The first 180 days of occupying the C-suite at a start-up

Zandi Tsibulane reflects on what it takes to be the CFO of a start-up during the Covid-19 pandemic.

by Zandi Tsibulane, CFO of Capebio Technologies.

When I made the very unpopular pivot from corporate finance analyst to CFO of a biotechnology start-up, I fell into the trap of thinking that I was going to be a “finance person”. After all, that’s what the title has signalled for a long time. Fast-forward six months and my role continues to evolve beyond financial steering.

Although I never dreamed of being a “finance person”, I embraced the prospects of my new job because of what I believed was going to be a core task: to build a finance function, from scratch, with my bare hands.

That was enticing enough for me, because the role resonated with my strong inclination to build something out of nothing. I love to develop and optimise processes. I love to find new and efficient ways of performing tasks. And being a CFO for a biotech start-up that was pioneering a diagnostic kit for Covid-19 in Africa, right in the middle of a global pandemic, was a well-timed endeavour.

I also thought it would be quite the feat for a 26-year-old CA(SA) who has medium-term dreams of pursuing an MBA abroad.

I have read many texts on the roles and responsibilities of a CFO for a start-up, and my practical experience has shown that all of them are right about one thing: one has to be a jack-of-all-trades who is able to fill multiple roles in the organisation.

When I joined the start-up, it was at a phase in its growth trajectory where outsourcing the finance functions was no longer sufficient. Although it was very much important for the company to establish robust financial processes and controls, in its hierarchy of financial management needs, the company had transcended its clerical needs and required financial intervention that spans trusted reporting and strategic partnering. This is an insight I arrived at when I joined and attended my very first board meeting. It became clear that I was not there to solely drive the metrics and presentation of results, but to be involved in strategic planning and execution.

I had never been involved in strategy before, which is something I believe to be a development area in the training matrix for CA(SA), so I needed to amass the intellectual and functional dexterity that would enable me to lend my voice to the strategy while also overseeing day-to-day financial activities. I was eager – scared, but eager – and it has been quite the steep learning curve.

In the six months that I’ve been a finance executive, I have learned the following about the value a CFO can add in a start-up environment:

The most obvious project would be to guide fundraising. When the founders/CEO and advisory board decide that the company is mature enough to have someone responsible for the evolving finance function, the timing is usually synonymous with imminent capital raises intended to fund growth. I was therefore able to leverage my corporate finance skills to lead fundraising projects alongside the rest of the C-suite and the advisory board;

Being a custodian of the company’s commercial interests in its agreements with external parties – if the organisation is entering into contractual arrangements with third parties, the CFO needs to guard the company’s commercial interests and ensure that all relevant parties meet their end of the bargain.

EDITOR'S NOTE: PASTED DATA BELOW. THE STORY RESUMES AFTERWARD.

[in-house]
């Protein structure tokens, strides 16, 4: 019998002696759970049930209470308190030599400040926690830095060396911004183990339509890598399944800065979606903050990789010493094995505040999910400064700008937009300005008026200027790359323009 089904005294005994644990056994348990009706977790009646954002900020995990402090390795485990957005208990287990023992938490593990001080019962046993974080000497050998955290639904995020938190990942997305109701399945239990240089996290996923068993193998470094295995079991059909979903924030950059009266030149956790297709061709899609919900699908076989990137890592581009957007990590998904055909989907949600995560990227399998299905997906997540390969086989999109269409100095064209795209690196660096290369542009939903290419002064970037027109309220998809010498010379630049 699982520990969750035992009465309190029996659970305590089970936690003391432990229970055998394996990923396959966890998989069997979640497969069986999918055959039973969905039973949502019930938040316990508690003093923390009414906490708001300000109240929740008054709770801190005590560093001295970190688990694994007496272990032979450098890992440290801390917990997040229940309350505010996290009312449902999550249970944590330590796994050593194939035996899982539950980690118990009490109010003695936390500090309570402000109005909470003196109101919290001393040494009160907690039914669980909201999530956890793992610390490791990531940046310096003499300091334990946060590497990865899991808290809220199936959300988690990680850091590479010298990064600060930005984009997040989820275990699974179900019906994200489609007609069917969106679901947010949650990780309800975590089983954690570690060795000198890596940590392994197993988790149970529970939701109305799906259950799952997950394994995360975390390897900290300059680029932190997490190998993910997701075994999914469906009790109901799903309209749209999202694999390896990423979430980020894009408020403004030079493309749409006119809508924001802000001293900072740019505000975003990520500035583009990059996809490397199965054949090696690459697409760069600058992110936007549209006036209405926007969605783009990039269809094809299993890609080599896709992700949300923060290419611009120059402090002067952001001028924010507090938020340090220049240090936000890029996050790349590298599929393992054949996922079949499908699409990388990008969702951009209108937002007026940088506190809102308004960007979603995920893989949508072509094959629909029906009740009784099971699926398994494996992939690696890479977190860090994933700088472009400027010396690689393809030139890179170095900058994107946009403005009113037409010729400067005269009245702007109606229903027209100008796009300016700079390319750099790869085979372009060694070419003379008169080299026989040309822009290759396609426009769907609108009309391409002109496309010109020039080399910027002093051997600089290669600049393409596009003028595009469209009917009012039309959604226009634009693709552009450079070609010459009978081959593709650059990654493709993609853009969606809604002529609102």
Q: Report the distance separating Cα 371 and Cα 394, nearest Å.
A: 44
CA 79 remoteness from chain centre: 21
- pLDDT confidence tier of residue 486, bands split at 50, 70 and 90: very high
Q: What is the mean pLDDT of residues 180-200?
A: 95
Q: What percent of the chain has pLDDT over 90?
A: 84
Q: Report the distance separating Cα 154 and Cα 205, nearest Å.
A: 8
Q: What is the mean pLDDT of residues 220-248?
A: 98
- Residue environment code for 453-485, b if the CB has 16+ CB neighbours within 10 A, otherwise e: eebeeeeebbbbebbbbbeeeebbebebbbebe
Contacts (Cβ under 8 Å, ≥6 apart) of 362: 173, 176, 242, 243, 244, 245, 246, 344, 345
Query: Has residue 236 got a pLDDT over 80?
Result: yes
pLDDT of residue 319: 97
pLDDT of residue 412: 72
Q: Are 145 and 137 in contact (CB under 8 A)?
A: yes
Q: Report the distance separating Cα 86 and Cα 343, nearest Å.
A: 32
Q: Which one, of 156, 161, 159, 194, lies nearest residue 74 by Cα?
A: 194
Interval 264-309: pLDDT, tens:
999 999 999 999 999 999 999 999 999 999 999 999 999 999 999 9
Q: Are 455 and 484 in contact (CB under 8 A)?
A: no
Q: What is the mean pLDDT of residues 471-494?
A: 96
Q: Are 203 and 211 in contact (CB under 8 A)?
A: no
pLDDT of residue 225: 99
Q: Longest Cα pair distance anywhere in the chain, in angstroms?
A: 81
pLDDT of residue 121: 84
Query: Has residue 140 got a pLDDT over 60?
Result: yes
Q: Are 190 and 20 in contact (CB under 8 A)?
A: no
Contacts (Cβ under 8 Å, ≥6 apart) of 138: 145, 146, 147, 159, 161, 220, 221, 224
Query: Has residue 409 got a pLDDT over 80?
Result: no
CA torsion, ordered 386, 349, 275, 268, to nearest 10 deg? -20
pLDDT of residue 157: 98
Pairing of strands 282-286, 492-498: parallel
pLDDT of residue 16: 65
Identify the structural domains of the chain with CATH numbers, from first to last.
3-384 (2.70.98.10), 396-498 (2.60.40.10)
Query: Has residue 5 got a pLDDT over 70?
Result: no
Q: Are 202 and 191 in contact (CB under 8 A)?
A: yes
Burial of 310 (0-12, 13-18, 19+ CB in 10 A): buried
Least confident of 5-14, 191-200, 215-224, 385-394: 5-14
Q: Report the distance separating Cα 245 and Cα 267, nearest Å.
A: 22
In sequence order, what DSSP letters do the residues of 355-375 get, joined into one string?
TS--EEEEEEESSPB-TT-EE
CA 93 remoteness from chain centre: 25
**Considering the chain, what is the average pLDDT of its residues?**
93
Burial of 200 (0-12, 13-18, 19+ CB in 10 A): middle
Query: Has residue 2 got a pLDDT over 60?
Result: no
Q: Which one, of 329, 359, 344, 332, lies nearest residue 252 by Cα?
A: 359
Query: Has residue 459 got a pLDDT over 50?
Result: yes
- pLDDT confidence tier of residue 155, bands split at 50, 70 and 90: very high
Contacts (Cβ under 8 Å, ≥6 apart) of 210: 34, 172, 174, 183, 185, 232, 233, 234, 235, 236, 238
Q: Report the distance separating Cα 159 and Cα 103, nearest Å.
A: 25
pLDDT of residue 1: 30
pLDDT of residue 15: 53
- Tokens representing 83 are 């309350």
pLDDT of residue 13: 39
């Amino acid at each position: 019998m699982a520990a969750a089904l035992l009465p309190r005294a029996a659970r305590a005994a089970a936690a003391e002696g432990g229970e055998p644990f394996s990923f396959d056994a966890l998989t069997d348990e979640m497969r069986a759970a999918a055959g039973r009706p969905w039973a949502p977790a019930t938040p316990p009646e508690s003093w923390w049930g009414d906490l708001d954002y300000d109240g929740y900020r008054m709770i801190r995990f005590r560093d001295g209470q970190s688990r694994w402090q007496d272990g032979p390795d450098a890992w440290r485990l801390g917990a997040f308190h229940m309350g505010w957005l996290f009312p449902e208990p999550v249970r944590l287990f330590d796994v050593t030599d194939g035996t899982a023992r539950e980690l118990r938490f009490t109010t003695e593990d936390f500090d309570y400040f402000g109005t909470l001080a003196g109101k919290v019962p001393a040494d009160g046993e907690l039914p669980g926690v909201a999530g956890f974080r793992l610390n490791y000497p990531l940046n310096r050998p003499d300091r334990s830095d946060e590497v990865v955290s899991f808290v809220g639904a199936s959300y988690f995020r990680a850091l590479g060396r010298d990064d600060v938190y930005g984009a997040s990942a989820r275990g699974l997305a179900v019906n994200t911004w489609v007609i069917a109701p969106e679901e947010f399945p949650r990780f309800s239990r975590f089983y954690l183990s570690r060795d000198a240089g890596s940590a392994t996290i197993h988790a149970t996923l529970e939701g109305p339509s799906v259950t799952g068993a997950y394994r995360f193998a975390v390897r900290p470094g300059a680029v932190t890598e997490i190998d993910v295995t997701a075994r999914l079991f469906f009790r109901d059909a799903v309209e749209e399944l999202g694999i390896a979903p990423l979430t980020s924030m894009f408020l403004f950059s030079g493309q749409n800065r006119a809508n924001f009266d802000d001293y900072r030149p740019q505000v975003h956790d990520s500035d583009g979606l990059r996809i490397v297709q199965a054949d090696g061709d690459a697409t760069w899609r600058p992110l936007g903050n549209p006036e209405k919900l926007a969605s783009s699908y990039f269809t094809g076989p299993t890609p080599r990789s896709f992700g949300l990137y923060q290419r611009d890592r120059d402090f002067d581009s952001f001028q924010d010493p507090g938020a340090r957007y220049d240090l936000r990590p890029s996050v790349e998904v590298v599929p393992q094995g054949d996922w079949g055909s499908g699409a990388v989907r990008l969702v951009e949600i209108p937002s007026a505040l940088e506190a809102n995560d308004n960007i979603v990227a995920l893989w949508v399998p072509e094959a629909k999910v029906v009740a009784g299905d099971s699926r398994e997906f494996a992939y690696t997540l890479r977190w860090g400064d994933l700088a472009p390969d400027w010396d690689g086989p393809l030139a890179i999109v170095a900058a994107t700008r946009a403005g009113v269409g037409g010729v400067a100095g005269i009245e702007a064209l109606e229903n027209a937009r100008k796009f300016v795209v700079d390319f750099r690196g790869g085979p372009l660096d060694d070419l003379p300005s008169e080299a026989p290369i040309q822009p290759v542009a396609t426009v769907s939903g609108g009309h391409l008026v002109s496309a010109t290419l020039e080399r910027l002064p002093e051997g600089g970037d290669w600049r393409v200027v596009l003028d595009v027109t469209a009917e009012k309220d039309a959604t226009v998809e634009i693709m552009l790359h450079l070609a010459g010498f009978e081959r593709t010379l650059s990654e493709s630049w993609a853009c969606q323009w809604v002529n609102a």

Involvement in the development of pricing and market-entry strategies – my accounting skills came in handy when building a detailed costing model, but pricing strategies require in-depth understanding of the industry. I needed to be prepared to expedite my acquisition of industry knowledge in order to aid the development of data-driven market related strategies.

Creation of culture – as an executive, the responsibility to create a sustainable working culture and live out the company’s ethos is embedded in your role. Employees tend to look up to the management team for cultural leadership and it’s important to be tactical about building a solid and conducive environment that enables creativity and innovation.

Always wearing the entrepreneurial hat – working for a start-up exposed me to real-time and real-life entrepreneurship. You become fully immersed in the challenges that keep entrepreneurs up at night (fear of failure, fear of taking risks, fear of financial woes, etc.), which makes it crucial to maintain an affinity for problem-solving.

Involvement in business development – having a forward-looking approach for the business is not only limited to forecasting and budgeting. As a CFO, you are heavily involved in conversations about product development and the value-propositioning of products, prospects for international expansion, industry analysis and surveillance, marketing strategies, building the company brand, etc. This involvement is not only important for optimised allocation of financial resources, but for organising the business for future scaling up.

It is clear from the above that working for a start-up tends to evolve traditional roles as typically defined by titles in big organisations and I have been incredibly privileged to be privy to this evolution.

What has also emerged from my experience is my propensity to drive change and influence the company’s strategy. Being multifaceted and taking a view that falls outside the ambit of financial leadership and oversight not only increases the ROI of a CFO at a start-up but also positions them to occupy other C-suite roles in the future. I am well on my way to building solid business acumen and looking forward to augmenting the experience during my tenure.